There are a few signs and symptoms that mean you might need a root canal treatment.

  • Severe pain that does not go away after taking pain medication.
  • Severe pain when biting together or while chewing.
  • A pimple on the gums next to a tooth.
  • Tooth discomfort that continues even after the hot or cold item has been removed from the mouth.
  • Deep tooth decay that may or may not be associated with pain or discomfort.
  • A swollen area of the face.

The root canal treatment process

A root canal treatment may be performed from start to finish in one appointment. However, it often requires multiple appointments. During a root canal treatment the following procedure occurs:

  1. Local anaesthetic is given to ensure the treatment is pain-free.
  2. A rubber dam is placed to isolate one or more teeth from the rest of the mouth.
  3. The dental pulp located in the centre of the tooth and extends down the tooth root/s is located and accessed.
  4. The dental pulp tissue is removed using small metal files and disinfectant.
  5. The disinfected space is filled with a material called gutta-percha.
  6. This root canal filling is sealed as a barrier from stopping bacteria from re-entering the space.
  7. The crown of the tooth is then fixed with a filling or a crown.

Dental x-rays are a key part of root canal treatment and will usually be taken before, during and after treatment. These x-rays help the dentist see inside the root canals of the tooth, which cannot be seen with the naked eye.

Root Canal

Dental implants are a treatment option used to replace teeth missing from the mouth. Implant treatment may be performed by a general dentist, periodontist, oral surgeon or oral maxillofacial surgeon.  At Shepherds Hill Dental, implants are done by Dr Ryan Cornish, and restored by our dentists, Dr Tharaka, Dr Renee and Dr Jasper

What is a dental implant?

A dental implant can be thought of as an artificial tooth root that looks like a metal screw. The implant is put into the jawbone where the tooth was originally located. Over time, the jawbone that surrounds the implant grows around it to hold the screw securely in place. This takes approximately three months.

An artificial tooth, known as an implant crown, is attached to the dental implant screw to fill the space in the mouth left by the missing tooth. The implant crown is made to match the surrounding teeth in both shape and colour. This treatment is generally completed several months after the screw has been placed to allow time for healing.


At our practice, a consultation would be made with a specialist like Dr Ryan Cornish to assess the suitability of the patient, and the tooth site, for an implant.  The specialist will likely order 3D x-rays to check there is sufficient bone for an implant, and will discuss whether the patient is suitable for having the implant surgery under local anaesthetic, or whether general anaesthetic would be better.  A time is then made for the implant surgery itself.  A few months later, the surgeon will again test whether the implant has securely locked into the bone, a process called osseointegration, before asking one of our dentists to restore the implant with an abutment and crown.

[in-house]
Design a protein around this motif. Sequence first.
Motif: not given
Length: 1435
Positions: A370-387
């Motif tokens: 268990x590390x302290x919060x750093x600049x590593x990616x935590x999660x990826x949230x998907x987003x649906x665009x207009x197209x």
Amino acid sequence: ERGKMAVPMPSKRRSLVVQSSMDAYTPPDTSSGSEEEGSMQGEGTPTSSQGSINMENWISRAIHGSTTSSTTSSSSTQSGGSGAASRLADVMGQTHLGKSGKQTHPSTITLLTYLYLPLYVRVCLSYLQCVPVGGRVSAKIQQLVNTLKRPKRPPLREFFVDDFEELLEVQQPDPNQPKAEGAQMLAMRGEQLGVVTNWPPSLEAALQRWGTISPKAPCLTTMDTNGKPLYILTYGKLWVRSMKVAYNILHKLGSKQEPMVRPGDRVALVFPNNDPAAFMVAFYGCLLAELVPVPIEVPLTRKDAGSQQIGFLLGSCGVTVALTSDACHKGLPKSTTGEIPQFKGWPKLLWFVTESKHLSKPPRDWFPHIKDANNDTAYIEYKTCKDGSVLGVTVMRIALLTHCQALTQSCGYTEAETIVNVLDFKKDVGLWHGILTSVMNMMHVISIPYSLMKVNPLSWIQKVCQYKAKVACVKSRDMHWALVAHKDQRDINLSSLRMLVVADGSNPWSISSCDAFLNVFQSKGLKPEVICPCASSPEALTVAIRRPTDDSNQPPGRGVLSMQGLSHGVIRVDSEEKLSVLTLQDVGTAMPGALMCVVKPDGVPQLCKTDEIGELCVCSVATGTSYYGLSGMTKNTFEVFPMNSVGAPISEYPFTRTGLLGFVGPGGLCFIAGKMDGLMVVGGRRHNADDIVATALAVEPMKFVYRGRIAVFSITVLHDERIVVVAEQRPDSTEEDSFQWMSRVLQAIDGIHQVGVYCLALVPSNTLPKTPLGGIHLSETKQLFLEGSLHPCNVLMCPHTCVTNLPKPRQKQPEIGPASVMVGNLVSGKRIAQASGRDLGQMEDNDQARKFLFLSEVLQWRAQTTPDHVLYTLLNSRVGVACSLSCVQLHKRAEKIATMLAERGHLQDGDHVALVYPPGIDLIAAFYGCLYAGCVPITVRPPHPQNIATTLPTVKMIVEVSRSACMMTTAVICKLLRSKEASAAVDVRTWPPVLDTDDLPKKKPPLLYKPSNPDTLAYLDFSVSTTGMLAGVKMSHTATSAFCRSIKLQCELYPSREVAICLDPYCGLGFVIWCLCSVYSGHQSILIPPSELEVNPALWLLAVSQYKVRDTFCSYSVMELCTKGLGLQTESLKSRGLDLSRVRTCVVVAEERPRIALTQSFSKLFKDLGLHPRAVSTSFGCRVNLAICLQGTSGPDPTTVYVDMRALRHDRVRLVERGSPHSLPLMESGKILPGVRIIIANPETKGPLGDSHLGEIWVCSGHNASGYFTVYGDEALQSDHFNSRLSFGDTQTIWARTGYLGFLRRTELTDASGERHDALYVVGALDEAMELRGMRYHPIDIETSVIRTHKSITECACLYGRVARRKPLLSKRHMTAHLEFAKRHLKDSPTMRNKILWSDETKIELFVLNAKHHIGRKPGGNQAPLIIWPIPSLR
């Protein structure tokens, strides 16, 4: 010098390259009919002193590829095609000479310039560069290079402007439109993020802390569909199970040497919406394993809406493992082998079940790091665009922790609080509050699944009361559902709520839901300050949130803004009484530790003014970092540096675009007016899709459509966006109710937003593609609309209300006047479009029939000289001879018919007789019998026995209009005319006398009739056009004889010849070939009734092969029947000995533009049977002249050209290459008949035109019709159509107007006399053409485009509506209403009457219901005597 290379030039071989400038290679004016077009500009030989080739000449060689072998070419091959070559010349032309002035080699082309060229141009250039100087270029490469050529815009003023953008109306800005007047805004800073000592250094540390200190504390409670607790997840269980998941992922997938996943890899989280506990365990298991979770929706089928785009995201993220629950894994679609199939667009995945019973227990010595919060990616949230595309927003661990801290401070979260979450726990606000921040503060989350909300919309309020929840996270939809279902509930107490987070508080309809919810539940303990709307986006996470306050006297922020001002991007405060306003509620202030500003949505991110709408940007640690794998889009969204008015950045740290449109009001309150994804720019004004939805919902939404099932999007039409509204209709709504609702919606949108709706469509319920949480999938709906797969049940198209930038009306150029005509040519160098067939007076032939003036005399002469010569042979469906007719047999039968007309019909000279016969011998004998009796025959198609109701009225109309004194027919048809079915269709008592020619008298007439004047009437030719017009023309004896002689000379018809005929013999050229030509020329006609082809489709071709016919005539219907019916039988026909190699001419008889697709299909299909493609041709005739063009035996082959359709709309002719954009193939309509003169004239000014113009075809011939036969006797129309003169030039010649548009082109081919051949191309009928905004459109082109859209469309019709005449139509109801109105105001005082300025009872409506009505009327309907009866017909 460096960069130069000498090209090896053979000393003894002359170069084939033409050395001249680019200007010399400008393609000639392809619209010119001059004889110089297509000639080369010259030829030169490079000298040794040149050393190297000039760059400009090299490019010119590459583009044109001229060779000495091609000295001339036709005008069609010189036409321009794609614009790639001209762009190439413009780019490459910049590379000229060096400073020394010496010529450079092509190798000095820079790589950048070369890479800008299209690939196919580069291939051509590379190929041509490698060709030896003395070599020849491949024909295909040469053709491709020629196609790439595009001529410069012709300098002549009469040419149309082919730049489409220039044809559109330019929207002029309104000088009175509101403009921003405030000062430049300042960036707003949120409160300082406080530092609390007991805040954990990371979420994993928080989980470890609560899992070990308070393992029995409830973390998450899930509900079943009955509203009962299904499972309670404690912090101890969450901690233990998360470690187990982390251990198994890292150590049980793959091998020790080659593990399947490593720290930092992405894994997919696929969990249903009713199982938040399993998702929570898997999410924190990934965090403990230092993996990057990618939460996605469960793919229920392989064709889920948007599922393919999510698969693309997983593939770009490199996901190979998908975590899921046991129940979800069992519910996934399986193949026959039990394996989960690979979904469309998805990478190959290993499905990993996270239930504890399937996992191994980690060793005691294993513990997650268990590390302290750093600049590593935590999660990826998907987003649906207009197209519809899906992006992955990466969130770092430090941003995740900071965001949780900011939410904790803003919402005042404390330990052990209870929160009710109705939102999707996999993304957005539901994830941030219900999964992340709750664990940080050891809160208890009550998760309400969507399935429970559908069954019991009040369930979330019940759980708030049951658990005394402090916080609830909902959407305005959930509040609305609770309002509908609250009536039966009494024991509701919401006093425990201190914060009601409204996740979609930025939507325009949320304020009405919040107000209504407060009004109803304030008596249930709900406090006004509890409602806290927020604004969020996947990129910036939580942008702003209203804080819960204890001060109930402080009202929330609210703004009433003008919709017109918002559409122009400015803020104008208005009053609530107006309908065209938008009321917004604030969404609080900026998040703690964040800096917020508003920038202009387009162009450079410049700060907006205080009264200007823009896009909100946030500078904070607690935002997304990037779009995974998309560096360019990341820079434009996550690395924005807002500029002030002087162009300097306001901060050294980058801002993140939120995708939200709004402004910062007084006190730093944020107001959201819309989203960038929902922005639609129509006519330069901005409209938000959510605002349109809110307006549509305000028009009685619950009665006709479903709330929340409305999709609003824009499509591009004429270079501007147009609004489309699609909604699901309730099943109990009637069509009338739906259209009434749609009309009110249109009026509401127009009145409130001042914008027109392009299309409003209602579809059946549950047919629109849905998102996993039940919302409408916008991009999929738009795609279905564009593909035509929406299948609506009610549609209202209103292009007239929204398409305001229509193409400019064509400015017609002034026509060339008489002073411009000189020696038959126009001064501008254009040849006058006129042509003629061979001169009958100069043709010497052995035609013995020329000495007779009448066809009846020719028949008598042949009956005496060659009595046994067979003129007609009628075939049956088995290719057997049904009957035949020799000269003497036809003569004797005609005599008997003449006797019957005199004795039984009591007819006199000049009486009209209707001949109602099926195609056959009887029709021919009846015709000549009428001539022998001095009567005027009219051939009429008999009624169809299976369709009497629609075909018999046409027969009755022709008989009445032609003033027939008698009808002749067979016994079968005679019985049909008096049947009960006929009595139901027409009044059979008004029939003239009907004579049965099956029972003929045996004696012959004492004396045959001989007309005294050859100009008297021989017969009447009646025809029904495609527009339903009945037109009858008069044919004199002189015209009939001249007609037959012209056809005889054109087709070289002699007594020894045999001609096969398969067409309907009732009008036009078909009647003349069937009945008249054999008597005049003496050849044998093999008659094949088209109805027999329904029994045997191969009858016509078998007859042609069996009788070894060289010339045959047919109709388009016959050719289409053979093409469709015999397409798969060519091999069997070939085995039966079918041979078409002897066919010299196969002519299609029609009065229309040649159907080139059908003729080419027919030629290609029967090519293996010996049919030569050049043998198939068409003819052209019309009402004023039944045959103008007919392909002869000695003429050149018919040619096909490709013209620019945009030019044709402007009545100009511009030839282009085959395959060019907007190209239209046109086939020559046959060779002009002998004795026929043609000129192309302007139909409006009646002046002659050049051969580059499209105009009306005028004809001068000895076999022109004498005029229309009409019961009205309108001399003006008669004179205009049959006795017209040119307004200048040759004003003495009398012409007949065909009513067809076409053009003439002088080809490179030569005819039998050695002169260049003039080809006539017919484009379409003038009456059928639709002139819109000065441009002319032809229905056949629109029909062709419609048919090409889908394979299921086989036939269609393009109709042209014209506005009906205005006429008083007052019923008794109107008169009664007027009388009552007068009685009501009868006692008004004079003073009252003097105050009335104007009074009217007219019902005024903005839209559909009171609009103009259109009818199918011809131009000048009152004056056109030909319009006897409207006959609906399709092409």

In a nutshell, yes!  Most modern electric brushes have small heads that allow better access to back teeth, and an oscillating action with soft bristles than removes plaque better than manual cleaning usually does.  Our hygienists find that in most cases, electric toothbrushes can more effectively remove plaque and are less capable of wearing out teeth than manual brushing.  A lot of electric brushes nowadays have pressure sensors, timers and other features than take provide useful guidance, so patients can know they are doing a good job at home!

In a nutshell, sometimes.  Private health insurance in Australia is divided into Hospital Cover, which can help with major operations in hospital, and Extras, which can help with allied heath care such as dental, optical, physiotherapy etc.  Most of the time, the private health insurance provider will chip in towards the cost of the provider’s fee.  Most of the time our patients find that the rebate provided may not be worth the premiums required to have the Extras cover in the first place.  Thus, many patients find they are better off with no extras cover at all.  Given that most of our patients have regular preventive care with us, they rarely end up with major problems, and it is often better to not have Extras cover.  Some patients shop around and have their hospital cover with one provider, and their extras cover with another provider, that contributes far better for allied health.  It’s a complex decision that requires carefully consideration and calculation of one’s personal health situation, budget, likelihood of needing to claim, and the degree the provider will support the patient in seeing a provider they know and trust.

For more information, please visit the comprehensive article by the ADA on private health insurance on teeth.org.au

Shepherds Hill Dental Centre participates in the Child Dental Benefit Scheme, or CDBS, and the Veteran’s Affairs Scheme.  We are a non bulk billing practice for CDBS and so for most treatments, there will be a small co payment along with the government funded portion of the care, for eligible patients.  The practice has always had a long associated with the Veteran’s Affairs scheme.  Dr Tharaka is a serving army officer, and all of our clinicians enjoy supporting veterans with their dental care.